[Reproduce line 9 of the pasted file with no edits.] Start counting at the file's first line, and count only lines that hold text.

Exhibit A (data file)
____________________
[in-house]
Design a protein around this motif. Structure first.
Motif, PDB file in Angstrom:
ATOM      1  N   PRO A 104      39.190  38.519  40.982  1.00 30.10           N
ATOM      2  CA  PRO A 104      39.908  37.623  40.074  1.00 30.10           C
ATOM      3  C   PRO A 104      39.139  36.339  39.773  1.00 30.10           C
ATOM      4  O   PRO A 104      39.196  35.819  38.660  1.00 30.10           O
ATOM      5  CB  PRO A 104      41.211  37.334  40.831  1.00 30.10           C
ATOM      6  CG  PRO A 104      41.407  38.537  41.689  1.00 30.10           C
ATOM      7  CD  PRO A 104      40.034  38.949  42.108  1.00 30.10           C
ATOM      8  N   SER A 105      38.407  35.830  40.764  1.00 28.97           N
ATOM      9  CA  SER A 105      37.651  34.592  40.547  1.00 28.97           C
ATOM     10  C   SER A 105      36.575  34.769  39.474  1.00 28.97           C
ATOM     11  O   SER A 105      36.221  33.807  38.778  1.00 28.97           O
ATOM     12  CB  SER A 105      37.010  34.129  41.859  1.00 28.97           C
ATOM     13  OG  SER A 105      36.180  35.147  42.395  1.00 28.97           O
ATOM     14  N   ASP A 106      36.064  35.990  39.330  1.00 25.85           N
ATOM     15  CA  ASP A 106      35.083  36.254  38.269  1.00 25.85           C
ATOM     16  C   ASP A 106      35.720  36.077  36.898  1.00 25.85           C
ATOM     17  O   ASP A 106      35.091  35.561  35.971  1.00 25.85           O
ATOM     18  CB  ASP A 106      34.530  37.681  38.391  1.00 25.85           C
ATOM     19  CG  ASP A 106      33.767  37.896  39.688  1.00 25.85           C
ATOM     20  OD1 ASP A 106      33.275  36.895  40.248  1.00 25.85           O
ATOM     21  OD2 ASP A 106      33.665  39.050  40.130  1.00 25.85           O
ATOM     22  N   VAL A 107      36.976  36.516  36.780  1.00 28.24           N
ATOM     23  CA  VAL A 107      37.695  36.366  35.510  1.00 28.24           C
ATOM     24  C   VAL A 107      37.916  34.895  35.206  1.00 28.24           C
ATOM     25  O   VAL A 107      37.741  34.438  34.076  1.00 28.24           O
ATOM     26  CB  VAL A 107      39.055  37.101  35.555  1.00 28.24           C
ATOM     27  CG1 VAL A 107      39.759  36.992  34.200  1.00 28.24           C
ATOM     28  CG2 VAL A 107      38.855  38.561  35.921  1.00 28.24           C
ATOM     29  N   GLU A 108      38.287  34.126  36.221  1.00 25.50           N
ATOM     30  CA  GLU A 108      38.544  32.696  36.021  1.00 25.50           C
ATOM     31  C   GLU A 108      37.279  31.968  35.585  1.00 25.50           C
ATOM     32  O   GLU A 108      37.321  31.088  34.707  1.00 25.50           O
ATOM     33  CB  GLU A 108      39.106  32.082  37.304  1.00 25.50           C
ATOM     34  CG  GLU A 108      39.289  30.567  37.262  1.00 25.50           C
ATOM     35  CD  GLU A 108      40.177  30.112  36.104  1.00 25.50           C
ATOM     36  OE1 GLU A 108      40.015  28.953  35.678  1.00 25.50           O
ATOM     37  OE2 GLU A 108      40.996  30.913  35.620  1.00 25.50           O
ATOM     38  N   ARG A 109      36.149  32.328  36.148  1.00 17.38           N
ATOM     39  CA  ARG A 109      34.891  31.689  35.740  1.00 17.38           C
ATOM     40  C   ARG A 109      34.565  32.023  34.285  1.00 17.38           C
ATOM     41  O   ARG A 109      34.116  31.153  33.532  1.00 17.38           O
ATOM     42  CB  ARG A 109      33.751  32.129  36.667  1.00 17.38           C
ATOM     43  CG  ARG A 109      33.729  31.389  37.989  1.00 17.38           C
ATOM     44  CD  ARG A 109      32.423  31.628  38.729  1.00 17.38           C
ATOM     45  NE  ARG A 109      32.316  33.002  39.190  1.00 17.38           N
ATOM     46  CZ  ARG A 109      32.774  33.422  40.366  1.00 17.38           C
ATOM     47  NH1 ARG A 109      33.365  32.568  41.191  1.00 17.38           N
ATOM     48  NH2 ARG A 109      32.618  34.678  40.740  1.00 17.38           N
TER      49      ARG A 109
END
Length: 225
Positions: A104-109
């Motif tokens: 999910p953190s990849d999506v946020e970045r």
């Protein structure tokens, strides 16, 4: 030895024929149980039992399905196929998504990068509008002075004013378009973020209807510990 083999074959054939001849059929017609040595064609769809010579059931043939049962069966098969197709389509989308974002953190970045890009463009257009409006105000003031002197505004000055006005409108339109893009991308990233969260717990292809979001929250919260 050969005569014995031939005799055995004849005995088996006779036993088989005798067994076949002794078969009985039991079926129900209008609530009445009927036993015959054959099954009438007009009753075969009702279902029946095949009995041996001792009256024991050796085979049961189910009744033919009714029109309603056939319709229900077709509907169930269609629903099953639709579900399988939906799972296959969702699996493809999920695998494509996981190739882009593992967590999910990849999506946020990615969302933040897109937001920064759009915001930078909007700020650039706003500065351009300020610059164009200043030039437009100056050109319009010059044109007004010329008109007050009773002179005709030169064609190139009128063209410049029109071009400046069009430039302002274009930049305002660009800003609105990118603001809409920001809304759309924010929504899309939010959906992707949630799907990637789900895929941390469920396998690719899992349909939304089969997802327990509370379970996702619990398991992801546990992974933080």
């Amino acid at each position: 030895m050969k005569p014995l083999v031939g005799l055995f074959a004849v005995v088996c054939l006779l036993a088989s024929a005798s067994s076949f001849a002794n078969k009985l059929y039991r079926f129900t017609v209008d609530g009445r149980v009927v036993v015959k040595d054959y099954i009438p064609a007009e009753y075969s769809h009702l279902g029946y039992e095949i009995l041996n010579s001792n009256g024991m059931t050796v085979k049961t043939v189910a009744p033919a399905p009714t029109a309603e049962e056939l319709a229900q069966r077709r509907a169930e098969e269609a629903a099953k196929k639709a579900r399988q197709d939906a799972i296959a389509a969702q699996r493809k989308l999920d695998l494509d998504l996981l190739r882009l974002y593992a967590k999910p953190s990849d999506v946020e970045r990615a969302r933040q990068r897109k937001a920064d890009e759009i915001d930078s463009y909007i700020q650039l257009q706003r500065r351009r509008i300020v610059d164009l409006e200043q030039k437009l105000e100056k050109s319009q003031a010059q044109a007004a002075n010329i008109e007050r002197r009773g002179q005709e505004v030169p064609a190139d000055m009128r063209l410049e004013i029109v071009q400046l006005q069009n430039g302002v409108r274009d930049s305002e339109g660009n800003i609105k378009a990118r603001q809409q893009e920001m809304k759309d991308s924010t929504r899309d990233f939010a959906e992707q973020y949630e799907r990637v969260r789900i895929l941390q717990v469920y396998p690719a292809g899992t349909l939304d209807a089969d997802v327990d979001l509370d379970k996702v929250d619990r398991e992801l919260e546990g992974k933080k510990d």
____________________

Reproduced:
ATOM      6  CG  PRO A 104      41.407  38.537  41.689  1.00 30.10           C